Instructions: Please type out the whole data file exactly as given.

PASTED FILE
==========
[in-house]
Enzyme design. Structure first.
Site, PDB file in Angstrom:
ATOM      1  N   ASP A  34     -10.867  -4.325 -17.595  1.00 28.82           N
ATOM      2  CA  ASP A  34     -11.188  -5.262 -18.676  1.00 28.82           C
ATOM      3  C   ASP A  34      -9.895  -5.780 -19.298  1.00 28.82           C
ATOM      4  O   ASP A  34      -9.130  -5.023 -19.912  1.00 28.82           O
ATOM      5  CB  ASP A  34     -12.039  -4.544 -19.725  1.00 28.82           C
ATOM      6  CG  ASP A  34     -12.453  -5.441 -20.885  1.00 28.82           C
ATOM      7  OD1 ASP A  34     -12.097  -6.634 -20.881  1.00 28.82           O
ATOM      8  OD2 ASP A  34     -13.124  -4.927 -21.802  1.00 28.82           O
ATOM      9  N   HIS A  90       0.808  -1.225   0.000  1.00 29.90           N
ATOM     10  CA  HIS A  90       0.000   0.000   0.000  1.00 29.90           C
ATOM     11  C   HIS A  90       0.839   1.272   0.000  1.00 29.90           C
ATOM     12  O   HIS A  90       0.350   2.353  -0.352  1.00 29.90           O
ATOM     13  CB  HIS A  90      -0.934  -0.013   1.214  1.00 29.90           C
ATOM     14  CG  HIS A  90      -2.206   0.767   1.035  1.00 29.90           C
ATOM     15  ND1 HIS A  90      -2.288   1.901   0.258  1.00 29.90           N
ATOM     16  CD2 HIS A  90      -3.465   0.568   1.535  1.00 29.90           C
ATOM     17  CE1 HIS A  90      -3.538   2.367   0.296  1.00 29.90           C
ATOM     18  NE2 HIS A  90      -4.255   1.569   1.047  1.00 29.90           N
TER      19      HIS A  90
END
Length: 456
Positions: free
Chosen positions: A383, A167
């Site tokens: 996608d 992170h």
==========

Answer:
[in-house]
Enzyme design. Structure first.
Site, PDB file in Angstrom:
ATOM      1  N   ASP A  34     -10.867  -4.325 -17.595  1.00 28.82           N
ATOM      2  CA  ASP A  34     -11.188  -5.262 -18.676  1.00 28.82           C
ATOM      3  C   ASP A  34      -9.895  -5.780 -19.298  1.00 28.82           C
ATOM      4  O   ASP A  34      -9.130  -5.023 -19.912  1.00 28.82           O
ATOM      5  CB  ASP A  34     -12.039  -4.544 -19.725  1.00 28.82           C
ATOM      6  CG  ASP A  34     -12.453  -5.441 -20.885  1.00 28.82           C
ATOM      7  OD1 ASP A  34     -12.097  -6.634 -20.881  1.00 28.82           O
ATOM      8  OD2 ASP A  34     -13.124  -4.927 -21.802  1.00 28.82           O
ATOM      9  N   HIS A  90       0.808  -1.225   0.000  1.00 29.90           N
ATOM     10  CA  HIS A  90       0.000   0.000   0.000  1.00 29.90           C
ATOM     11  C   HIS A  90       0.839   1.272   0.000  1.00 29.90           C
ATOM     12  O   HIS A  90       0.350   2.353  -0.352  1.00 29.90           O
ATOM     13  CB  HIS A  90      -0.934  -0.013   1.214  1.00 29.90           C
ATOM     14  CG  HIS A  90      -2.206   0.767   1.035  1.00 29.90           C
ATOM     15  ND1 HIS A  90      -2.288   1.901   0.258  1.00 29.90           N
ATOM     16  CD2 HIS A  90      -3.465   0.568   1.535  1.00 29.90           C
ATOM     17  CE1 HIS A  90      -3.538   2.367   0.296  1.00 29.90           C
ATOM     18  NE2 HIS A  90      -4.255   1.569   1.047  1.00 29.90           N
TER      19      HIS A  90
END
Length: 456
Positions: free
Chosen positions: A383, A167
């Site tokens: 996608d 992170h």